10 Most Frequent Problems Found by House Inspectors

These kids come to me and ask, ‘Hey Arnie, are you God?’. I just laugh and say ‘Nice try, but keep looking.

— Arnold Schwarzenegger

Buying fixer-upper houses, living in them, repairing them, and eventually renting them out is a safe way to generate short-term income and long-term economic security.

Even Arnold Schwarzenegger,  in his new book Total Recall, cites investing in real estate as a valuable step on his road to financial success.

But, how can you be sure that a house is worth what you are offering to pay for it? Based on experience, we can “eyeball” the property and probably be able to make a pretty accurate estimate of its worth, maybe 75% of the time

That’s probably closer to 95% of the time for Arnold, with that Terminator vision of his.

Get a professional inspection

However, that’s not good enough. We need more information than our educated eyeball can provide in order to:

1.) Avoid any surprise defects. After you buy the property, trying to get reimbursed for those defects will be too late.

2.) Negotiate a lower selling price for the house.

I hire a professional inspector to provide me with a complete written inspection report that can be used to negotiate a lower price on the house if it uncovers anything that is in need of repair.

Looks straight to me. Why do you ask?

When having the physical inspection done, you should be aware of the most common house problems.

Ten Most Frequent House Problems

 A survey of U.S. home inspectors resulted in this list of the most frequently encountered problems:


1.) Improper Surface Grading/Drainage 
This is responsible for the most common of household maladies: water penetration of the basement or crawl space.

2.) Improper Electrical Wiring 
Includes such situations as insufficient electrical service to the house, inadequate overload protection, and amateur, often dangerous, wiring connections.

3.) Roof Damage 
Involves roof leakage, caused by old or damaged shingles or improper flashing.

4.) Heating Systems
Problems in this category include broken or malfunctioning operation controls, blocked chimneys, and unsafe discharge of exhaust.

5.) Poor Overall Maintenance
Includes signs such as cracked, peeling, or dirty painted surfaces, crumbling masonry, makeshift wiring or plumbing, and broken fixtures or appliances.

6.) Structural Problems
Many houses, as a result of problems in one or more of the other categories, sustain damage to such structural components as foundation walls, floor joists, rafters, window and door frames.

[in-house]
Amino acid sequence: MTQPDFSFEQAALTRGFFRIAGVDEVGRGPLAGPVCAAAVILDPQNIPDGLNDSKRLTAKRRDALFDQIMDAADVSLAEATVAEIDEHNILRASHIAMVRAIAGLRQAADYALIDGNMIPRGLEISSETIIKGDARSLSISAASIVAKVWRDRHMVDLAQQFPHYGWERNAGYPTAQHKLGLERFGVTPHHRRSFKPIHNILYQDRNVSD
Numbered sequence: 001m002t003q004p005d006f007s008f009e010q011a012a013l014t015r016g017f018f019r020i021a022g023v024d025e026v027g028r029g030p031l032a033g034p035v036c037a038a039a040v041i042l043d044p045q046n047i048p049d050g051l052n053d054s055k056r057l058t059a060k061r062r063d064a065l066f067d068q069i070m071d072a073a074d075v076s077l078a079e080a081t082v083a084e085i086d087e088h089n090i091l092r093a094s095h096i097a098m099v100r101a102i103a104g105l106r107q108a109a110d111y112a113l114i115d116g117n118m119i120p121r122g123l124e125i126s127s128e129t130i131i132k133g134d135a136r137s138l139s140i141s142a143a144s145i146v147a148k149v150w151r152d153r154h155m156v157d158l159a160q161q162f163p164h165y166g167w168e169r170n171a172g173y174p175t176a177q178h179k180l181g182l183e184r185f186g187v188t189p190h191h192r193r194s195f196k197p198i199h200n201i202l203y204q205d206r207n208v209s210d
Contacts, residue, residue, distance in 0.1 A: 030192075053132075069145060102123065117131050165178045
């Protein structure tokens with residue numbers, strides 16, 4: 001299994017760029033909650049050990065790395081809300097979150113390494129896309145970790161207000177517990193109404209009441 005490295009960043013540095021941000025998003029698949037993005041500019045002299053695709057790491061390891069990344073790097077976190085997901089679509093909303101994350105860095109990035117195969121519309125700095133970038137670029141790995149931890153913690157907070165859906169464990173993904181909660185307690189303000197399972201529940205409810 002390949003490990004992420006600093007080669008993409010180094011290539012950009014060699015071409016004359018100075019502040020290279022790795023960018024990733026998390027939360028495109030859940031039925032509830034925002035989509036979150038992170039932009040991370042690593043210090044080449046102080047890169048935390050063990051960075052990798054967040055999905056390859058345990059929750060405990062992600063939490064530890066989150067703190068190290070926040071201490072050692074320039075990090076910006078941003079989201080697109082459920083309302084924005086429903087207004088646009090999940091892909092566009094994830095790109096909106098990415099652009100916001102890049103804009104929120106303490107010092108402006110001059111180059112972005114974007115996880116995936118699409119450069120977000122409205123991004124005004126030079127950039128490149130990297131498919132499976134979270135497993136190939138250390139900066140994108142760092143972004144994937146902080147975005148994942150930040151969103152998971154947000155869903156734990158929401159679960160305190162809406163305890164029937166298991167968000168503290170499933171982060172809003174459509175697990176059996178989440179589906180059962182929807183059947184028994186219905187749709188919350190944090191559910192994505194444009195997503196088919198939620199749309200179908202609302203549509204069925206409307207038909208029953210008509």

7.) Plumbing 
Problems consist of the existence of old or incompatible piping materials, as well as faulty fixtures and waste lines.

8.) Exteriors 
Flaws in a home’s exterior, including windows, doors, and wall surfaces, are responsible for the discomfort of water and air penetration. Inadequate caulking and/or weather-stripping are the most common culprits.

9.) Poor Ventilation
Perhaps due to overly ambitious efforts to save energy, many home owners have “over-sealed” their homes, resulting in excessive interior moisture. This can cause rotting and premature failure of both structural and non-structural elements.

10.) Miscellaneous
Includes primarily interior components, often cosmetic in nature. May include dents in doors and walls from children’s unsupervised indoor karate practice, or possibly from having Bigfoot (or the Governator) as a former resident. (I inserted those last two examples based on some unfortunate personal experiences I have had.)

A specialist in mold removal or riled up Governator?.

A home inspector’s standard practice typically does not include the following, for which a specific license to inspect and identify is required:

  •  Asbestos
  • Radon Gas
  • Lead Paint
  • Toxic Mold
  • Pest Control

If you suspect the presence of any of these items, you would contract with inspectors in these areas independently.


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When to Hire a House Inspector – Radio Interview with Rich Peterson

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“Turn your home into a rental” on Mark Wayne Show

7 Reasons to Live in a Fixer-Upper House While You Repair It

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10 Most Frequent Problems Found by House Inspectors

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22 Responses to “10 Most Frequent Problems Found by House Inspectors”

  1. Great post Terry.

    Folks look at houses and tend to base their decisions on emotions. It is really easy to walk past things that a trained home inspector would catch.

    Every investor should at the very least have a detailed inspection sheet that they use when they walk through a house. This is in no way is equal to what a licensed home inspector does, but it will allow you to make some pretty accurate cost estimates so you know whether you want to move forward on the property.


    Sharon Vornholt recently posted..Adventures in Mobile Homes by Rachel HernandezMy Profile

    • Terry says:

      I really like your idea of taking a detailed inspection sheet to use as you walk through a house. That would be very useful for me to have to remind me of what I should focus on, and to jot notes on about potential repair costs.